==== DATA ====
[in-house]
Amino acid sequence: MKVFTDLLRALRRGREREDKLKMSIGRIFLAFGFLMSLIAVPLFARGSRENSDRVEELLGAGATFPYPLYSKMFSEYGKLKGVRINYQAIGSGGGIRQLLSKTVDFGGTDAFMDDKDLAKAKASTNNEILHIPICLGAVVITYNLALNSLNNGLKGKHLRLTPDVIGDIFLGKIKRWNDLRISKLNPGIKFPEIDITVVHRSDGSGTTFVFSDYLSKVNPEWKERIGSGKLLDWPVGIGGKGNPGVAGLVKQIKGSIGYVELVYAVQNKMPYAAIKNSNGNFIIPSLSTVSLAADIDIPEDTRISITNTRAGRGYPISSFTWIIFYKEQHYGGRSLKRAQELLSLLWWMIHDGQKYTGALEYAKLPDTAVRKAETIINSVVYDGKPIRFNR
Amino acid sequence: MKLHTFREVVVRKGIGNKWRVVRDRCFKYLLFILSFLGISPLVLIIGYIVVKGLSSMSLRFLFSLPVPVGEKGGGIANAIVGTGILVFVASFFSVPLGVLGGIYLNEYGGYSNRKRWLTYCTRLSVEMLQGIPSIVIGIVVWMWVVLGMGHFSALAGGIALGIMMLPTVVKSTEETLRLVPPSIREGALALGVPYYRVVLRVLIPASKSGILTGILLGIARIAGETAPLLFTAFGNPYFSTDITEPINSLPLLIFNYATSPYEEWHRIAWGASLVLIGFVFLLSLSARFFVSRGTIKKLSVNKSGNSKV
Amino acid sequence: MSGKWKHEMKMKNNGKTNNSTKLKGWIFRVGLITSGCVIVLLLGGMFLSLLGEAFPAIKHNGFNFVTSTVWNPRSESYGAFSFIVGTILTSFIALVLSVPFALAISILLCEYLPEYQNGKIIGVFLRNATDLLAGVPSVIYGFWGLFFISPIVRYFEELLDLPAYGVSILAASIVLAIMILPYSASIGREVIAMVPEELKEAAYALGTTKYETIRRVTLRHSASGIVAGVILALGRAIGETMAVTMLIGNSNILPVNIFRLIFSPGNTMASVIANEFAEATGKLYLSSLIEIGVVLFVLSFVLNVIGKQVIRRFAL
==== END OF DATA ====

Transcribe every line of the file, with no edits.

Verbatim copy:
[in-house]
Amino acid sequence: MKVFTDLLRALRRGREREDKLKMSIGRIFLAFGFLMSLIAVPLFARGSRENSDRVEELLGAGATFPYPLYSKMFSEYGKLKGVRINYQAIGSGGGIRQLLSKTVDFGGTDAFMDDKDLAKAKASTNNEILHIPICLGAVVITYNLALNSLNNGLKGKHLRLTPDVIGDIFLGKIKRWNDLRISKLNPGIKFPEIDITVVHRSDGSGTTFVFSDYLSKVNPEWKERIGSGKLLDWPVGIGGKGNPGVAGLVKQIKGSIGYVELVYAVQNKMPYAAIKNSNGNFIIPSLSTVSLAADIDIPEDTRISITNTRAGRGYPISSFTWIIFYKEQHYGGRSLKRAQELLSLLWWMIHDGQKYTGALEYAKLPDTAVRKAETIINSVVYDGKPIRFNR
Amino acid sequence: MKLHTFREVVVRKGIGNKWRVVRDRCFKYLLFILSFLGISPLVLIIGYIVVKGLSSMSLRFLFSLPVPVGEKGGGIANAIVGTGILVFVASFFSVPLGVLGGIYLNEYGGYSNRKRWLTYCTRLSVEMLQGIPSIVIGIVVWMWVVLGMGHFSALAGGIALGIMMLPTVVKSTEETLRLVPPSIREGALALGVPYYRVVLRVLIPASKSGILTGILLGIARIAGETAPLLFTAFGNPYFSTDITEPINSLPLLIFNYATSPYEEWHRIAWGASLVLIGFVFLLSLSARFFVSRGTIKKLSVNKSGNSKV
Amino acid sequence: MSGKWKHEMKMKNNGKTNNSTKLKGWIFRVGLITSGCVIVLLLGGMFLSLLGEAFPAIKHNGFNFVTSTVWNPRSESYGAFSFIVGTILTSFIALVLSVPFALAISILLCEYLPEYQNGKIIGVFLRNATDLLAGVPSVIYGFWGLFFISPIVRYFEELLDLPAYGVSILAASIVLAIMILPYSASIGREVIAMVPEELKEAAYALGTTKYETIRRVTLRHSASGIVAGVILALGRAIGETMAVTMLIGNSNILPVNIFRLIFSPGNTMASVIANEFAEATGKLYLSSLIEIGVVLFVLSFVLNVIGKQVIRRFAL